Fourth International Index | Main Newspaper Index

Encyclopedia of Trotskyism | Marxists’ Internet Archive

Fourth International, Autumn 1960


Leon Trotsky

Our Position on War as Nurturing Revolution



From Fourth International, No. 11, Autumn 1960, pp. 61–62.
Transcribed & marked up by Einde O’Callaghan for ETOL.


Prefatory Note

In the current quarter we have arrived, with an undiminished sense of irreparable loss, at the twentieth anniversary of the assassination of our great theoretical leader, Leon Trotsky. It occurs at a moment when, behind all the Byzantine indirectness, false antitheses, and confused formulations of the current Soviet-Chinese polemics about the Khrushchevist theory of “peaceful coexistence” and its manifold repercussions on Communist policy, the question of the “inevitability” of nuclear world war takes on particular importance, especially since the Chinese – though deserving our critical support on most of the matters in dispute (see Problems and Prospects of Our Time in the Mirror of the Sino-Soviet Polemics, page 11) – have expressed a most offhand, not to say adventuristic, attitude toward war. Hence, on the occasion of this tragic anniversary, we can perhaps best pay tribute to our fallen leader by recalling, on this life-and-death subject, some thoughtful words that this unparalleled theoretician uttered during his closing speech at the Thirteenth Session of the Hearing of the Preliminary Commission of Inquiry (John Dewey, Chairman), quoted from The Case of Leon Trotsky (pp. 512–14, Harper & Brothers, New York 1937).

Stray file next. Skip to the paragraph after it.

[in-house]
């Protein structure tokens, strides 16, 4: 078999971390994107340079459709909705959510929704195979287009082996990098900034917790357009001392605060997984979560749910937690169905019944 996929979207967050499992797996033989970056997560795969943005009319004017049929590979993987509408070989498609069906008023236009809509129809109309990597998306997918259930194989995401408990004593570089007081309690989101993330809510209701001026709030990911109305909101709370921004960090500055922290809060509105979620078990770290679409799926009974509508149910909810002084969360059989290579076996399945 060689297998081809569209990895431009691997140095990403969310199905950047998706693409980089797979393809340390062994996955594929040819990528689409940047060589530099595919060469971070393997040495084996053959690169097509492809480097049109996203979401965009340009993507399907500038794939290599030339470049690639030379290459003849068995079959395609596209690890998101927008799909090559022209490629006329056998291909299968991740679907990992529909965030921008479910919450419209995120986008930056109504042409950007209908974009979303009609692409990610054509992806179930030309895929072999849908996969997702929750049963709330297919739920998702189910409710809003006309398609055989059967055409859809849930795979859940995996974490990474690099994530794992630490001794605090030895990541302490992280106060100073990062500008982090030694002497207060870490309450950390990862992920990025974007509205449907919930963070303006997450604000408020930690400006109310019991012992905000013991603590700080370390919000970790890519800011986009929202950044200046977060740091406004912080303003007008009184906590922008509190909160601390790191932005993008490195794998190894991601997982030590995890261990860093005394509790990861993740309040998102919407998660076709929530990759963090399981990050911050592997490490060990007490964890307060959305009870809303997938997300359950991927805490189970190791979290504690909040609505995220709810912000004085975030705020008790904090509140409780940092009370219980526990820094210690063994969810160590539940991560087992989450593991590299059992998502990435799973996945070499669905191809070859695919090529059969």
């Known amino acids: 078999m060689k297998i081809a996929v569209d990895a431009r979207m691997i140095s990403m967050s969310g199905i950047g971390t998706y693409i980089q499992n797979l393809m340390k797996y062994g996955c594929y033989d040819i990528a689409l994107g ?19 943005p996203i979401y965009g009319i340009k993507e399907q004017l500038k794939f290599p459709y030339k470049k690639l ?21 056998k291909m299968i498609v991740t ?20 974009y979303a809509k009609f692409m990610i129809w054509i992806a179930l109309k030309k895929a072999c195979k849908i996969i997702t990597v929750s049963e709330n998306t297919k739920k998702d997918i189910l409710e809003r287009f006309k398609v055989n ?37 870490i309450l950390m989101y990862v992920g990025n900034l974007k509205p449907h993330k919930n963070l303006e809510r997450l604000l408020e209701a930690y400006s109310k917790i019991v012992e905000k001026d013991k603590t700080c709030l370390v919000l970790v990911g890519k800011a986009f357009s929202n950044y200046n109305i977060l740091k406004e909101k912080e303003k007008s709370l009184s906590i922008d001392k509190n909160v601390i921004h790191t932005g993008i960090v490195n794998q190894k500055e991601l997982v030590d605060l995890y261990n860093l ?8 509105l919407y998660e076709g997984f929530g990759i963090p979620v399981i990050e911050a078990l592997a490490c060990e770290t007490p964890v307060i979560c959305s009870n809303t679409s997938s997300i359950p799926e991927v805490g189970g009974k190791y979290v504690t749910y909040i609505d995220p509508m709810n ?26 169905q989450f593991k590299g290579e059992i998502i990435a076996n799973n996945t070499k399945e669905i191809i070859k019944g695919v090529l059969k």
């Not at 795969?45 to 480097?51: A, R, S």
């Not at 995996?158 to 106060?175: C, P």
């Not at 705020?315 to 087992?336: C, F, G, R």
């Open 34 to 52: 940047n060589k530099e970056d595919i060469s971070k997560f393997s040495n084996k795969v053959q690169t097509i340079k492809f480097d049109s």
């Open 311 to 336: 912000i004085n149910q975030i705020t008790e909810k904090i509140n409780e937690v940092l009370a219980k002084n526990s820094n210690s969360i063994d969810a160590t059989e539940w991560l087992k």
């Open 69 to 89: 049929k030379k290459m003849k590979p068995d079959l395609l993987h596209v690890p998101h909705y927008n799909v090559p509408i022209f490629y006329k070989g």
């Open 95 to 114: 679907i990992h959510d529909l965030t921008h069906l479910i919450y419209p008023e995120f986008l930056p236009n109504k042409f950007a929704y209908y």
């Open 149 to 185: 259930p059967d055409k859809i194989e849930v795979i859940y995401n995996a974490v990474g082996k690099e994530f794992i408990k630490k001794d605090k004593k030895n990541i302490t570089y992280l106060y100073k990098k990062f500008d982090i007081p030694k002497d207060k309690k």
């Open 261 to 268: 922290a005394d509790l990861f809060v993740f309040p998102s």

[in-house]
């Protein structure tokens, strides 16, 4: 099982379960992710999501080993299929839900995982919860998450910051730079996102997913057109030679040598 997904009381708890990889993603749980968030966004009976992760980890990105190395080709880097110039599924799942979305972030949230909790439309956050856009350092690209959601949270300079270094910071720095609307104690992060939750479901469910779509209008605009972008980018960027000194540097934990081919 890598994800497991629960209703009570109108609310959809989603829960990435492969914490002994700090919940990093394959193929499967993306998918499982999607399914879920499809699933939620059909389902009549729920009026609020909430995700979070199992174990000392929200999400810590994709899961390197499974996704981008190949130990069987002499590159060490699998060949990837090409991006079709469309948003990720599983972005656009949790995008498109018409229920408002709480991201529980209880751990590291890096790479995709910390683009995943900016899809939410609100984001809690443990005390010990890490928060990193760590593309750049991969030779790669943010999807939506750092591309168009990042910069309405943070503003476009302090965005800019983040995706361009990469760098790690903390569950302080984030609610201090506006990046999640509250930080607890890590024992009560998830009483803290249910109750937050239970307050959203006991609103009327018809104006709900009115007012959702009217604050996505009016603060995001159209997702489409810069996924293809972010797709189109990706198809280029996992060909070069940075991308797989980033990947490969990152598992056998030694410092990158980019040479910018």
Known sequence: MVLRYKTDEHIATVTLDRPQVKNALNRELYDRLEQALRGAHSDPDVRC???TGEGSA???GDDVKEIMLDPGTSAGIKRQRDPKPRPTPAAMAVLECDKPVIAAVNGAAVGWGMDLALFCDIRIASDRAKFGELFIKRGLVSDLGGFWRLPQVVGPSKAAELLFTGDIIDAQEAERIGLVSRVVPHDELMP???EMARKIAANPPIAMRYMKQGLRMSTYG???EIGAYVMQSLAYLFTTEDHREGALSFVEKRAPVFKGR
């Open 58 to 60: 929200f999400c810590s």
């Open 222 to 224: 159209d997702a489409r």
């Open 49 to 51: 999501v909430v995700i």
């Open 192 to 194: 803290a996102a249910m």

The second fantastic theory which is put into circulation by the friends of the GPU declares that in view of my general position, I am presumably politically interested in expediting war. The usual line of argument is as follows: Trotsky is for the international revolution. It is well known that war often produces revolution. Ergo, Trotsky must be interested in expediting war.

People who believe this, or who ascribe such ideas to me, have a very feeble conception of revolution, war, and their interdependence.

War has in fact often expedited revolution. But precisely for that reason, it has often led to abortive results. War sharpens social contradictions and mass discontent. But that is insufficient for the triumph of the proletarian revolution. Without a revolutionary party rooted in the masses, the revolutionary situation leads to the most cruel defeats. The task is not to “expedite” war – for this, unfortunately, the imperialists of all countries are working, not unsuccessfully. The task is to utilize the time which the imperialists still leave to the working masses for the building of a revolutionary party and revolutionary trade unions.

It is in the vital interest of the proletarian revolution that the outbreak of war be delayed as long as possible, that the maximum possible time be gained for preparation. The more firm, the more courageous, the more revolutionary the conduct of the toilers, the more the imperialists will hesitate, the more surely will it be possible to postpone war, the greater will be the chances that the revolution will occur prior to war and perhaps make war itself impossible.